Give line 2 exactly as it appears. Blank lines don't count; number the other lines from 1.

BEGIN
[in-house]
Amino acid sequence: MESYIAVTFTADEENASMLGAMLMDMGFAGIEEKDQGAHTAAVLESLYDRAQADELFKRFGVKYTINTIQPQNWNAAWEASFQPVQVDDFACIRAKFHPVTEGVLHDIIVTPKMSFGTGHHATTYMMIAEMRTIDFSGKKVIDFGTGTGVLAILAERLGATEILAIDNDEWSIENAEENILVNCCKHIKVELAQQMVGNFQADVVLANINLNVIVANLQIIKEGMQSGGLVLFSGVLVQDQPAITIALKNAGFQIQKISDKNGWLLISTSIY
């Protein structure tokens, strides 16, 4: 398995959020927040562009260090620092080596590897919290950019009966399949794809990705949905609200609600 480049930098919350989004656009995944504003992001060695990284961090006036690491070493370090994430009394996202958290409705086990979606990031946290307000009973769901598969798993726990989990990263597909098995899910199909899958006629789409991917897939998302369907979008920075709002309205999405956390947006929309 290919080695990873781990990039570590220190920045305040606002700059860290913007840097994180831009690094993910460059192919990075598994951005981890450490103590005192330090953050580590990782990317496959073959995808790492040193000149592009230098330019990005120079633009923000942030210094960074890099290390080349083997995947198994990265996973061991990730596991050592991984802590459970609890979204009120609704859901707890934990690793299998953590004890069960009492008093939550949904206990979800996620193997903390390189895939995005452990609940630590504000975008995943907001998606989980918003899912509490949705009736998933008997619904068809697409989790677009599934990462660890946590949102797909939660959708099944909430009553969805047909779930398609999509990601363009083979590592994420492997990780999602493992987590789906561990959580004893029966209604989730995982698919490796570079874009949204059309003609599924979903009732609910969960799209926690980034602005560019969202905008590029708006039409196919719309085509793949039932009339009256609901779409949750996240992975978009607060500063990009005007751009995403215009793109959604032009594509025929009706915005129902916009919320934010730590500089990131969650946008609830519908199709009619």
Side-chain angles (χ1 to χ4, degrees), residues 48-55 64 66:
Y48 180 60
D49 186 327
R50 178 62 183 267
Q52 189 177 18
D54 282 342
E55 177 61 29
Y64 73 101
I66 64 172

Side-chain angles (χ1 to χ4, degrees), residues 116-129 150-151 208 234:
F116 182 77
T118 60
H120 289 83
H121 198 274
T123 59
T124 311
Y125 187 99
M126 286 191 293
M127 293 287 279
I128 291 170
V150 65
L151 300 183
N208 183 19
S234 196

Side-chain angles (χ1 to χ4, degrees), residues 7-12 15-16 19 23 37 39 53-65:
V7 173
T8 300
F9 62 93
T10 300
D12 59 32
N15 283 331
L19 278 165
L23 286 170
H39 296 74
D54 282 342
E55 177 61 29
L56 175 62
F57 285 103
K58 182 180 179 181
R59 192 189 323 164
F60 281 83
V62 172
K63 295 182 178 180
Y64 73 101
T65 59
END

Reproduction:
Amino acid sequence: MESYIAVTFTADEENASMLGAMLMDMGFAGIEEKDQGAHTAAVLESLYDRAQADELFKRFGVKYTINTIQPQNWNAAWEASFQPVQVDDFACIRAKFHPVTEGVLHDIIVTPKMSFGTGHHATTYMMIAEMRTIDFSGKKVIDFGTGTGVLAILAERLGATEILAIDNDEWSIENAEENILVNCCKHIKVELAQQMVGNFQADVVLANINLNVIVANLQIIKEGMQSGGLVLFSGVLVQDQPAITIALKNAGFQIQKISDKNGWLLISTSIY